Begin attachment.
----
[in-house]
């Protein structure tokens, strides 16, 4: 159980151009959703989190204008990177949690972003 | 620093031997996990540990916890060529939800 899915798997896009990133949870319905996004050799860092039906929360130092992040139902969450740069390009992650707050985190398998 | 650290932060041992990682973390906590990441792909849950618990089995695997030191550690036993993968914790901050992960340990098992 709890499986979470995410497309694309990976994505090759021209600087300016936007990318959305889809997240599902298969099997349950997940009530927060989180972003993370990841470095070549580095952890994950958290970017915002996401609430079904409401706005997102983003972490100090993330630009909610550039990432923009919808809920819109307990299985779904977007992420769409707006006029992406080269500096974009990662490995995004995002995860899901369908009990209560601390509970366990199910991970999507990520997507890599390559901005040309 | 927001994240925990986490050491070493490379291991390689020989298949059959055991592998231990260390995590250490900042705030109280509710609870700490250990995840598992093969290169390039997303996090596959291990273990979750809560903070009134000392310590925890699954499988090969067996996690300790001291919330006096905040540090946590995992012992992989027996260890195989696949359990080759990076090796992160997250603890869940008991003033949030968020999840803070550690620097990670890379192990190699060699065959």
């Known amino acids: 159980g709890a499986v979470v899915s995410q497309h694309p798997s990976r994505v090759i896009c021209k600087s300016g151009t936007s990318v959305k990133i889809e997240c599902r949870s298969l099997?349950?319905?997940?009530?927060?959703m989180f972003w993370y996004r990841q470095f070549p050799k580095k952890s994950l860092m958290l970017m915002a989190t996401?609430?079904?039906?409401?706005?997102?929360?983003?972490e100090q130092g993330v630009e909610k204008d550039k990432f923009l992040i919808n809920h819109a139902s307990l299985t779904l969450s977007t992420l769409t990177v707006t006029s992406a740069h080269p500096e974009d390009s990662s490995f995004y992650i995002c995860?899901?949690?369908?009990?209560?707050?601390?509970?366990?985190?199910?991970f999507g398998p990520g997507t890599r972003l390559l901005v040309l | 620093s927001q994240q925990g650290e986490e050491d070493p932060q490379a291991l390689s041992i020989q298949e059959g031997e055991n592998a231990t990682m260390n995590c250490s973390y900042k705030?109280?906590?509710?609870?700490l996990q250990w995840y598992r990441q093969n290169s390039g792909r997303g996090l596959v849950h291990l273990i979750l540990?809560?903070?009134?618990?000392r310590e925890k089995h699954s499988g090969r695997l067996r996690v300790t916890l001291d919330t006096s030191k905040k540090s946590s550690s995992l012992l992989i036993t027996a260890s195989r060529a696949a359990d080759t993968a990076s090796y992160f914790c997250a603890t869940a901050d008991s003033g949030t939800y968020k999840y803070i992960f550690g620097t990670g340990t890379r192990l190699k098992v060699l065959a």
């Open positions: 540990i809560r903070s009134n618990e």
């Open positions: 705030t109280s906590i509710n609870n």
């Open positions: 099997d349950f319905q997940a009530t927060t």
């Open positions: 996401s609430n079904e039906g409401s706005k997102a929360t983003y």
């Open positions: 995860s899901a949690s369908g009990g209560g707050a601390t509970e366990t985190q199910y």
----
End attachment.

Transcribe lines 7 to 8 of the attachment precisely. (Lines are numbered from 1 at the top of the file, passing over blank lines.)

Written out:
């Open positions: 996401s609430n079904e039906g409401s706005k997102a929360t983003y």
């Open positions: 995860s899901a949690s369908g009990g209560g707050a601390t509970e366990t985190q199910y």